The law of the conservation of energy applies to start-ups too. Nothing is lost; it only changes form. The case of Israeli start-up Commil is an excellent example. Two years after closing down, it sold its assets for a few hundred thousand dollars to a new company, Commil USA LLC. Commil USA sued Cisco Systems Inc. (Nasdaq: CSCO) for infringement of its patent. Commil USA won the case and was awarded $3.7 million, but nevertheless in late 2010, it asked the court for a new trial. The request was granted.
US District Court for the Eastern District of Texas Judge Charles Everingham approved the motion, which was based on the claim that Cisco's attorney made prejudicial remarks against the plaintiff, which were welcomed by the jury. What is the connection between wireless telecommunications equipment patents and anti-Semitic remarks? There were many such connections in the case of Commil USA vs. Cisco.
However, before understanding why Cisco had to protect its coffers with unsavory strategic means, it is necessary to go back a little.
Commil was founded in 2000 on the basis of a patent registered by its founders, and developed Bluetooth applications. The company raised capital from DFJ Tamir Fishman Ventures Ltd. (TASE: TFVC), Gemini Israel Funds, Formula Ventures, and Royal Philips Electronics NV (NYSE: PHG; Euronext: PHIA), and got down to work. The company developed products that connect mobile and landline networks, enabling mobile carriers to offer customers disruption-free usage by the management of network traffic.
Commil's patent covered all telecommunications fields, but the company chose Bluetooth, because it appeared that that was where the market was heading. Reality wrecked the plan, when it became clear in 2004 that the market preferred WiFi. Commil tried to develop a new product, but it missed the opportunity, and lost the market.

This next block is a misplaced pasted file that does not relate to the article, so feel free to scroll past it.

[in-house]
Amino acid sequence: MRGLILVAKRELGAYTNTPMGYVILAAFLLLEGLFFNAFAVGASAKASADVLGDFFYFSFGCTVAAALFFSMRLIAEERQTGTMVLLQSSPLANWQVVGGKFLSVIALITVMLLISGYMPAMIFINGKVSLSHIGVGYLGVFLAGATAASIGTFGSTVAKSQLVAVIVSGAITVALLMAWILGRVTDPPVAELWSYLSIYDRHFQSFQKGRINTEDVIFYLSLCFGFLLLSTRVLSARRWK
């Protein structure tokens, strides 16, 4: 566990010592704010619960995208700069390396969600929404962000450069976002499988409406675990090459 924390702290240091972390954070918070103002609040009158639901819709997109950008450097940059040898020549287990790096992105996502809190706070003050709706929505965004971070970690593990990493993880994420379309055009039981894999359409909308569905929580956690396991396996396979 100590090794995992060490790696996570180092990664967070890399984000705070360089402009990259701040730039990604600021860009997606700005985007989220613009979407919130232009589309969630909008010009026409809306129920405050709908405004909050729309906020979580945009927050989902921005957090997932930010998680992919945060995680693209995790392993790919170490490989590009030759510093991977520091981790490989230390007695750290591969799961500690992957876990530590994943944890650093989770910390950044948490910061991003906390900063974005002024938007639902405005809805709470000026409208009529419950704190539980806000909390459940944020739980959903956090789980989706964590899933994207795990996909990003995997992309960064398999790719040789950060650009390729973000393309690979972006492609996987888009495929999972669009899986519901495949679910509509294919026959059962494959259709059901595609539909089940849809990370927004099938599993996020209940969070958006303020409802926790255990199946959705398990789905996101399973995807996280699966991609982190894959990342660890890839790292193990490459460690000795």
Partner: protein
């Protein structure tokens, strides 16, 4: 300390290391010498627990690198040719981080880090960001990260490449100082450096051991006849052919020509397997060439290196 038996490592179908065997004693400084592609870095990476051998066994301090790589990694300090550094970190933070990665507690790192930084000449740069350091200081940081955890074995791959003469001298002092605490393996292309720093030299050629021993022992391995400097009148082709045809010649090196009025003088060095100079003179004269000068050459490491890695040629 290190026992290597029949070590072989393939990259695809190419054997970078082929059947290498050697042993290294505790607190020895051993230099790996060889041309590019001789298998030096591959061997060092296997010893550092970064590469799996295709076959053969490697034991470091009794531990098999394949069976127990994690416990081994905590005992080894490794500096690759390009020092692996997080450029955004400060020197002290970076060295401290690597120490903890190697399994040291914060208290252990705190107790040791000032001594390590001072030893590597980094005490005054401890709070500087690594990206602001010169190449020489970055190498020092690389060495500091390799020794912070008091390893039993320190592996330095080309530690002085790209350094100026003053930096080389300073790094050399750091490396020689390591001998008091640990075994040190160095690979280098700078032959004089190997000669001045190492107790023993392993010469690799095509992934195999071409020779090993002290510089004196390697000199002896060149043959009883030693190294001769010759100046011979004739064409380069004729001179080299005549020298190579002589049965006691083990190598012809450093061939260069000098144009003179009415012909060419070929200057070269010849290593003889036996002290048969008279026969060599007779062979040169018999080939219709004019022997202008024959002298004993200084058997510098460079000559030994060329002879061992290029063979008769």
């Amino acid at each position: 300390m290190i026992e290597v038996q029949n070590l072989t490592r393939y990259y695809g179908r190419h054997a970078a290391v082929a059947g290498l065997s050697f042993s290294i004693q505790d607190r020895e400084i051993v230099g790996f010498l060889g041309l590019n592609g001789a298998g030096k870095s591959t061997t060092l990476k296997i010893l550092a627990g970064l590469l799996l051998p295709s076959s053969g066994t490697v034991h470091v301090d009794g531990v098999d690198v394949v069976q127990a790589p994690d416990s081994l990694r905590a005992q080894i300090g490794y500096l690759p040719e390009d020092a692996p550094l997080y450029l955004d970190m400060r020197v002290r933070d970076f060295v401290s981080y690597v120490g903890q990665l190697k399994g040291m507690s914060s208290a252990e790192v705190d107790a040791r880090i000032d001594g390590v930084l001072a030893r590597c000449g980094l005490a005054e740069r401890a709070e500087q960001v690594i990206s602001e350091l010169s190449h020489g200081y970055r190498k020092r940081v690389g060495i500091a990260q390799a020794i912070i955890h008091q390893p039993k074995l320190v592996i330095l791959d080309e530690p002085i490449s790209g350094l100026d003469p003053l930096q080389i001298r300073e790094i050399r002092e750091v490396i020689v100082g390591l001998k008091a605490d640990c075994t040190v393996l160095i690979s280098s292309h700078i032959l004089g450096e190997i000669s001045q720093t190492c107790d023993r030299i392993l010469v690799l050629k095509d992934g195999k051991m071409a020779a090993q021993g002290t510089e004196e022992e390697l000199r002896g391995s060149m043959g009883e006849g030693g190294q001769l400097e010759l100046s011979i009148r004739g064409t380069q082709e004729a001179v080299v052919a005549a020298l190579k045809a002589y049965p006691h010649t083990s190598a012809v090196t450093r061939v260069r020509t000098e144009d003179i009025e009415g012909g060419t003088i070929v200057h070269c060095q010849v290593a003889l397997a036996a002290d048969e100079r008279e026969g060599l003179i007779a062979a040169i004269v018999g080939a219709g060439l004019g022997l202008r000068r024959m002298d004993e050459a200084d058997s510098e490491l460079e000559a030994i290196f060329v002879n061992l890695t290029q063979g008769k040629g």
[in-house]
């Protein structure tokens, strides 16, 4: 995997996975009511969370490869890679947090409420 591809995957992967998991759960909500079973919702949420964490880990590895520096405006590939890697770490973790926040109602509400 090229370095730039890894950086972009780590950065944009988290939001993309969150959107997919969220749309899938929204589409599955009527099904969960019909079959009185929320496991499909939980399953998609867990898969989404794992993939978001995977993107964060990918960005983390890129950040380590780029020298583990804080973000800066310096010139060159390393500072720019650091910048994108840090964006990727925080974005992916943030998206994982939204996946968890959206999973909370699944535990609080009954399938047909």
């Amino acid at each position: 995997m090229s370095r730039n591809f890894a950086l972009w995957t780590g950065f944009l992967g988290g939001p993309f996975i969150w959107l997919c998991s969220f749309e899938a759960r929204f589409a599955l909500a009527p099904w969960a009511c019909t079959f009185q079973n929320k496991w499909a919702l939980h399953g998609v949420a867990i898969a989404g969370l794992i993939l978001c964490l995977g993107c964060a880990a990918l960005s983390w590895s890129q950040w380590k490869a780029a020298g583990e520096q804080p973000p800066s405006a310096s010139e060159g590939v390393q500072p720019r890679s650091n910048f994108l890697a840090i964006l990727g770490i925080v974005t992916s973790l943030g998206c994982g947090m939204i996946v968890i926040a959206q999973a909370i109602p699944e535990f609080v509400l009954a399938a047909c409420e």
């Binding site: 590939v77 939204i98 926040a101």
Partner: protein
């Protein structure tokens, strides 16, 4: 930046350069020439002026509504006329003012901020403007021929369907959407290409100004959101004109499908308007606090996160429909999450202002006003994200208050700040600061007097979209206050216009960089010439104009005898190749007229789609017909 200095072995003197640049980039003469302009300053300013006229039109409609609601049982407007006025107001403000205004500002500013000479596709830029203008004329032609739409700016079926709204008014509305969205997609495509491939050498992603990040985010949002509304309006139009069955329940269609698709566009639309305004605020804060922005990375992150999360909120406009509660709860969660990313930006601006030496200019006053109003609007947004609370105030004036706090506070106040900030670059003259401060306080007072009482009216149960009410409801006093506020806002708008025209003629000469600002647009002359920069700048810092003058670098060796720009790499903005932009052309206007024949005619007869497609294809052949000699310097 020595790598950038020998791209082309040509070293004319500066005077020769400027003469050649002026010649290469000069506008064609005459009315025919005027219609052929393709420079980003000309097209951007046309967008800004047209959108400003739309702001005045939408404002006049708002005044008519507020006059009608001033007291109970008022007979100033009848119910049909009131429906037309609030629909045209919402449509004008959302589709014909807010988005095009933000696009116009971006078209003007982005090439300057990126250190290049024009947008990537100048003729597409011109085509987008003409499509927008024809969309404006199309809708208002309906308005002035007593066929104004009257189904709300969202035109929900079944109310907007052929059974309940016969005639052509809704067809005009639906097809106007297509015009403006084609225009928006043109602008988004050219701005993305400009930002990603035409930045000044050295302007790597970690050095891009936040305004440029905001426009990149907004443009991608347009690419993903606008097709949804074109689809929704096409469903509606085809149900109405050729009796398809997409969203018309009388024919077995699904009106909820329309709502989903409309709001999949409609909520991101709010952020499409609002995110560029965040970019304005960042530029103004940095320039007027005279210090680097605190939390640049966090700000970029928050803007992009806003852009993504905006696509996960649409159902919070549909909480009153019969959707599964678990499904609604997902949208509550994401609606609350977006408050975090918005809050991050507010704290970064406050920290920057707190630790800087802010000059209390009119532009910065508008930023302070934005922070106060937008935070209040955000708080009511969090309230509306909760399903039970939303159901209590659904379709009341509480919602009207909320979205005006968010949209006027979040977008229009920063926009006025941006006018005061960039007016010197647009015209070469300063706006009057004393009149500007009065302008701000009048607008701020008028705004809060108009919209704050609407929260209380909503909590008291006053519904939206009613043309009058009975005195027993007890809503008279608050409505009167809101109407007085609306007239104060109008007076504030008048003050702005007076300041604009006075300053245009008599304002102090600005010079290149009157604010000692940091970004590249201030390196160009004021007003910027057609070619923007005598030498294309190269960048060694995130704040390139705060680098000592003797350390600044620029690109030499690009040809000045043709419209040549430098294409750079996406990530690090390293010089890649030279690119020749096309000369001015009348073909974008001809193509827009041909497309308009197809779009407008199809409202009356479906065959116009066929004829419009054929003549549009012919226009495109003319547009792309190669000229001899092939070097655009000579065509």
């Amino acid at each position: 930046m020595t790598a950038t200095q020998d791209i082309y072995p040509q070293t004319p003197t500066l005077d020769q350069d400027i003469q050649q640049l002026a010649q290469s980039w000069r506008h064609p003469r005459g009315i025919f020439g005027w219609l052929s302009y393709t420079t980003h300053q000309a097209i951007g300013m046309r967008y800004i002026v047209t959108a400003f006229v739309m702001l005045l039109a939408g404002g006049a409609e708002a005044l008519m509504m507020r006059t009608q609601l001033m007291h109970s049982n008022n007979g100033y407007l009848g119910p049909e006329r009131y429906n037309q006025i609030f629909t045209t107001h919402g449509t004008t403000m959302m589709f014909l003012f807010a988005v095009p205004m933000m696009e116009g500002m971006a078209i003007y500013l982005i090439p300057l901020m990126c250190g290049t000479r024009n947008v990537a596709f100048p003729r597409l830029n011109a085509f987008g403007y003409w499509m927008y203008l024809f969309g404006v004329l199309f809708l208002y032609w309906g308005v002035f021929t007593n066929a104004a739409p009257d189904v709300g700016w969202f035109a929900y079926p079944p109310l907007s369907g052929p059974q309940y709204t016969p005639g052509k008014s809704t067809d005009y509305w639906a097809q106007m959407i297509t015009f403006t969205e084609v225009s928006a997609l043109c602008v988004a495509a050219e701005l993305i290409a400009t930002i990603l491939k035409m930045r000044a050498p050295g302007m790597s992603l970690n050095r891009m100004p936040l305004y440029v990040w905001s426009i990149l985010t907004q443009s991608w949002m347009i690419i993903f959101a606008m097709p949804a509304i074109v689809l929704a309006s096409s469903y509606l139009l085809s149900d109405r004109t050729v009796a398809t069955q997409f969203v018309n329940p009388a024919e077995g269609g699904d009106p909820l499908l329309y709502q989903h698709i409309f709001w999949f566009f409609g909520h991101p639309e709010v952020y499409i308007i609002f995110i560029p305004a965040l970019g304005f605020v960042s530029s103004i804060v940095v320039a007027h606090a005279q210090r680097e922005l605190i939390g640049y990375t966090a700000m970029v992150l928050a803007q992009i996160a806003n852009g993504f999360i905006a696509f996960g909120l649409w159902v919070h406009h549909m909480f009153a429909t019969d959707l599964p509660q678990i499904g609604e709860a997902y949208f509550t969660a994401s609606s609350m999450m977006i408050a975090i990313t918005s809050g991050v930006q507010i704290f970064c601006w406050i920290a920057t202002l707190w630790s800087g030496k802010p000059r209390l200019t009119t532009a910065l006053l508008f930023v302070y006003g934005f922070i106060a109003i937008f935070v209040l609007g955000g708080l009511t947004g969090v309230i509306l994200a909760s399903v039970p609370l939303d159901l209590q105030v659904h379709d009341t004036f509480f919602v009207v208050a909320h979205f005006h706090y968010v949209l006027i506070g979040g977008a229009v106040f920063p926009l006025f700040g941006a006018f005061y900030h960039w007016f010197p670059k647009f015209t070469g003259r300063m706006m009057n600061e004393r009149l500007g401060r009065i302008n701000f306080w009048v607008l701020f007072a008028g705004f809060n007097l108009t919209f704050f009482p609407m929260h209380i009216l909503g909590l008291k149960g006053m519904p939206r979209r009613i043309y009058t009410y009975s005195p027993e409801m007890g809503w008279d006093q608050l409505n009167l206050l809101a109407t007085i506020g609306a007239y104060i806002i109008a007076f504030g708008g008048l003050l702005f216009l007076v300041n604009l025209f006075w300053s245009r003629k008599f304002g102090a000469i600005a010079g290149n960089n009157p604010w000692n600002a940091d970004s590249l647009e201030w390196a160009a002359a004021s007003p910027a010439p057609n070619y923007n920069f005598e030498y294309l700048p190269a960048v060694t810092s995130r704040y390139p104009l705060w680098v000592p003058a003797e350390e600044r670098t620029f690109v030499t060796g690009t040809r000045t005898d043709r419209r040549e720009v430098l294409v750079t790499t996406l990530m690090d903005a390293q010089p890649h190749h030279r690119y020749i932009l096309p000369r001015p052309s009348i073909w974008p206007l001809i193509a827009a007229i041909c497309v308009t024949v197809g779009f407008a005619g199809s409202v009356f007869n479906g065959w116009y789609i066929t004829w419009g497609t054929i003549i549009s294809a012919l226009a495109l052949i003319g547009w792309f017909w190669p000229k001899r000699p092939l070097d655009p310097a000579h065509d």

In 2005, Commil fired all its employees, after raising $15 million. The company still had a few million dollars in cash, which CEO Yuval Dovev decided to return to the investors. He put the company's intellectual property up for sale.
In 2007, Adv. Jonathan David bought Commil's intellectual property for a few hundred thousand dollars. Until then, David specialized in damages claims by people exposed to asbestos. He and his partners are proud of winning $2 billion for their clients.
David bought Commil's assets after he found that the company's patents had been infringed by a number of large telecommunications network equipment companies, including Motorola Inc. (NYSE: MOT), Aruba Networks Inc. (Nasdaq: ARUN), and Cisco. Motorola and Aruba settled with Commil USA, but Cisco refused to compromise, and David sued the company in May 2007.
The trial began in May 2010 in the Texas town of Marshall. The jury found that Cisco had violated Commil's patent and awarded the company $3.7 million. In June 2010, Commil USA filed a motion for a new trial, citing improper remarks by Cisco's attorney, and what it believed was the low reward; it had asked for $50 million.